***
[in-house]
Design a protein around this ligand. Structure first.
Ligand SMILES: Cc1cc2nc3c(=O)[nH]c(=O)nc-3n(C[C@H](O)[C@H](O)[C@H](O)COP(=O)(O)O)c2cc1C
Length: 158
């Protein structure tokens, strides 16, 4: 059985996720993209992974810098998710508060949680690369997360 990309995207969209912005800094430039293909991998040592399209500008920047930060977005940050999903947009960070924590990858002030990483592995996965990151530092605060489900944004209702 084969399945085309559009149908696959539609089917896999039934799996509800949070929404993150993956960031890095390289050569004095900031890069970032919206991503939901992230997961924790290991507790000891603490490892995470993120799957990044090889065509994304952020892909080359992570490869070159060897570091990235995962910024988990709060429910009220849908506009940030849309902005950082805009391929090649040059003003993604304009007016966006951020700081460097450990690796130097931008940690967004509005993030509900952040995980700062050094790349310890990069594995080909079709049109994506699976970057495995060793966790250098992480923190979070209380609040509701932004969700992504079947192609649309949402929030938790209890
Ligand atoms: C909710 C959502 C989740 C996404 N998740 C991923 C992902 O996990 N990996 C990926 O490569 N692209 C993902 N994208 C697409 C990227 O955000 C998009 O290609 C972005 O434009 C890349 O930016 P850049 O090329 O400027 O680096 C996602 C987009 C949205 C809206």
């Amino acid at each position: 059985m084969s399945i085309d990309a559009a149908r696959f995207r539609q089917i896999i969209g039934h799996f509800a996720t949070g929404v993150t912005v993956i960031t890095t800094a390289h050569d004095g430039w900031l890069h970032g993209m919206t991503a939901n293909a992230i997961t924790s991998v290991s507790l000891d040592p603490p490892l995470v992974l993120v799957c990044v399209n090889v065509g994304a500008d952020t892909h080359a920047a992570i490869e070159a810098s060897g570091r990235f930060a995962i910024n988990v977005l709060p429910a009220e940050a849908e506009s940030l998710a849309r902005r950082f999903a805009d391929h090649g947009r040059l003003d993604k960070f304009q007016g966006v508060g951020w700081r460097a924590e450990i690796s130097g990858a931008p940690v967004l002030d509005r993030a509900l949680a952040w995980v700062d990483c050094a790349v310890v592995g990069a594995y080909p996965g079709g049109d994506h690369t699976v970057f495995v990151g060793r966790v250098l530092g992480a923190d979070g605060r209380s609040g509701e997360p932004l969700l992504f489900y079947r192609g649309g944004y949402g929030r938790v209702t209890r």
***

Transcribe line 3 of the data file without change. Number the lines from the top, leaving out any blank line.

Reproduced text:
Ligand SMILES: Cc1cc2nc3c(=O)[nH]c(=O)nc-3n(C[C@H](O)[C@H](O)[C@H](O)COP(=O)(O)O)c2cc1C